This week I mentioned my involvement in the Codeyear project. I also attended a great introductory workshop in Python programming sponsored by PhillyPUG, Philly Pystar, and Devnuts.
Why learn to code? Two of the best responses to this question are already answered on the web:
- Shana McDanold, e-resources and serials cataloging librarian at a major US research university, answers this perfectly for librarians and catalogers in her response “Why am I learning to code?”.
- Randall Degges, a computer programmer, answers this question wonderfully for programmers as he explains “How I Learned to Program“.
So why am I learning to code? Here are some of the reasons:
Part of working in a digital library or archive means having to having to manage and manipulate tons of files: image files, born-digital documents, scanned manuscripts, oral histories, video clips, and more. Being able to code and understand the concept of regular expressions means that you can write scripts to manipulate these files in a systematic way, which can save you lots of time in the long run. You can rename files, check file integrity with checksums, batch-auto-correct images without an expensive license for Photoshop, and create dynamic HTML pages using CGI scripts.
Coding in different programming languages does not just let you add acronyms to your resume. It helps my professional development to be able to say that I have an arsenal of tools and transferable skills that I can bring to the table for solving problems at any type of library, archive, museum, or information-related occupation.
When working as an information professional, sometimes you will be called upon to troubleshoot computers and computer software on your job. If you have some basic skills of scripting and HTML, you will be able to get “under the hood” and see where a web page may not be coded correctly, or at the very least have an idea of what a 3rd-party database does when it performs a search. Now, I don’t know ANYTHING about car repair, but I know the basics of how to check the oil, view the anti-freeze level, check my tire pressure and such. I can read my car’s manual, and even if I cannot fix my car, I can attempt to converse appropriately with the service department at my car dealer. Which brings me to…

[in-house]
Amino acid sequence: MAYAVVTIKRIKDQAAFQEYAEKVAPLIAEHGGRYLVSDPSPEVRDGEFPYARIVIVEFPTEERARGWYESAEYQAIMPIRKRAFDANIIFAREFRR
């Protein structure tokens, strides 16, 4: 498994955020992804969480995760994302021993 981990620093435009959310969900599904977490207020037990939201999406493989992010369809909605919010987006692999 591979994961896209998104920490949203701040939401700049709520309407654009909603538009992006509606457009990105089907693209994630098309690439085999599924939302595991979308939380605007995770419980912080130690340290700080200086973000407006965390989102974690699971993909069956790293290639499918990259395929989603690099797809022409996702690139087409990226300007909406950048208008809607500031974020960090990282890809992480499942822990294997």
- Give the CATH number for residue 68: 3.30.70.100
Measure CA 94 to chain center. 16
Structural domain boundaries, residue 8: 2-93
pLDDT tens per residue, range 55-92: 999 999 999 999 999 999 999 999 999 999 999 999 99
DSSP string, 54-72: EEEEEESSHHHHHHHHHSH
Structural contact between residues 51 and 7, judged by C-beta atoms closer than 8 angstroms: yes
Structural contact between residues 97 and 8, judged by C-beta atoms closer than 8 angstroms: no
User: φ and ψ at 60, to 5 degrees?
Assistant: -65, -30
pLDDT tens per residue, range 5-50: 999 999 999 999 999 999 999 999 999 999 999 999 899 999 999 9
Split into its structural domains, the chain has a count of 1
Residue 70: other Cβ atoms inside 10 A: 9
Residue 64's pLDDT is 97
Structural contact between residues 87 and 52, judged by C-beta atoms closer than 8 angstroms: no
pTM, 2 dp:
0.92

Being able to code, at least a little bit, brings an information professional into the world of computer programmers. You will learn a logical way of approaching problems. You will learn new vocabularies for coding. Even if you never have to write programs for your job, you will be able to converse more intelligently with vendors and tech support personnel. I have found that this knowledge has greatly increased the sensitivity of my internal “bullshit detection sensor”. This is important when dealing with sales representatives who want to sell you the latest/greatest/shiniest new software or hardware or with technical support personnel who may not really know the answer to your problem. Thinking through problems in a logical manner is a side benefit to learning how to code which can help you both on and off the job.
- Maintaining Mental Flexibility
Studies have been done which discuss the benefits of keeping active both physically and mentally as we age. Now, I admit that I am a “data potato” (i.e. a “desk jockey”) but I am NOT letting my brain turn to mashed potato mush.From the Franklin Institute, here is a page about exercising the human brain.
Learning to code feels very similar to me as learning a second or third language. I LOVED my foreign language classes in high school and college, and hope to continue to learn other languages in the future, even just for some basic conversation. (One of my goals is to take a Korean class one day.) Being forced to think critically, follow logical steps, look for patterns in repetitive data, associate symbols and values and learn complex syntactical combinations all exercises the brain. Coding keeps you young! (OK and hanging out with younger nerds doesn’t hurt either.)